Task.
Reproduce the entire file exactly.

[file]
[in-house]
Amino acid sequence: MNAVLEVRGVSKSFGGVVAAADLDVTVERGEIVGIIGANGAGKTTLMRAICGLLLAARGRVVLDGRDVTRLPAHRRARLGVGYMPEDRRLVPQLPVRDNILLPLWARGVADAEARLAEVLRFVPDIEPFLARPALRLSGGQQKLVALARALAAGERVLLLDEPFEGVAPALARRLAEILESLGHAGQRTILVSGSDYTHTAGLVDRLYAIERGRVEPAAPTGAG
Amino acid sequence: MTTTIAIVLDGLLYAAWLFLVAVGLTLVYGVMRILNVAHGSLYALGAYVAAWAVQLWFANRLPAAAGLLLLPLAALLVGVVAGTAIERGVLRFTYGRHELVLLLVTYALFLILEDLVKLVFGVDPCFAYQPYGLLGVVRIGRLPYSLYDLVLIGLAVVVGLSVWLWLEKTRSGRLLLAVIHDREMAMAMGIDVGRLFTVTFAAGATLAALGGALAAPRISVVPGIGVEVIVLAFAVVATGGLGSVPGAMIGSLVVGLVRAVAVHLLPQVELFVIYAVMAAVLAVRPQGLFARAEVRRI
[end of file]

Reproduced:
[in-house]
Amino acid sequence: MNAVLEVRGVSKSFGGVVAAADLDVTVERGEIVGIIGANGAGKTTLMRAICGLLLAARGRVVLDGRDVTRLPAHRRARLGVGYMPEDRRLVPQLPVRDNILLPLWARGVADAEARLAEVLRFVPDIEPFLARPALRLSGGQQKLVALARALAAGERVLLLDEPFEGVAPALARRLAEILESLGHAGQRTILVSGSDYTHTAGLVDRLYAIERGRVEPAAPTGAG
Amino acid sequence: MTTTIAIVLDGLLYAAWLFLVAVGLTLVYGVMRILNVAHGSLYALGAYVAAWAVQLWFANRLPAAAGLLLLPLAALLVGVVAGTAIERGVLRFTYGRHELVLLLVTYALFLILEDLVKLVFGVDPCFAYQPYGLLGVVRIGRLPYSLYDLVLIGLAVVVGLSVWLWLEKTRSGRLLLAVIHDREMAMAMGIDVGRLFTVTFAAGATLAALGGALAAPRISVVPGIGVEVIVLAFAVVATGGLGSVPGAMIGSLVVGLVRAVAVHLLPQVELFVIYAVMAAVLAVRPQGLFARAEVRRI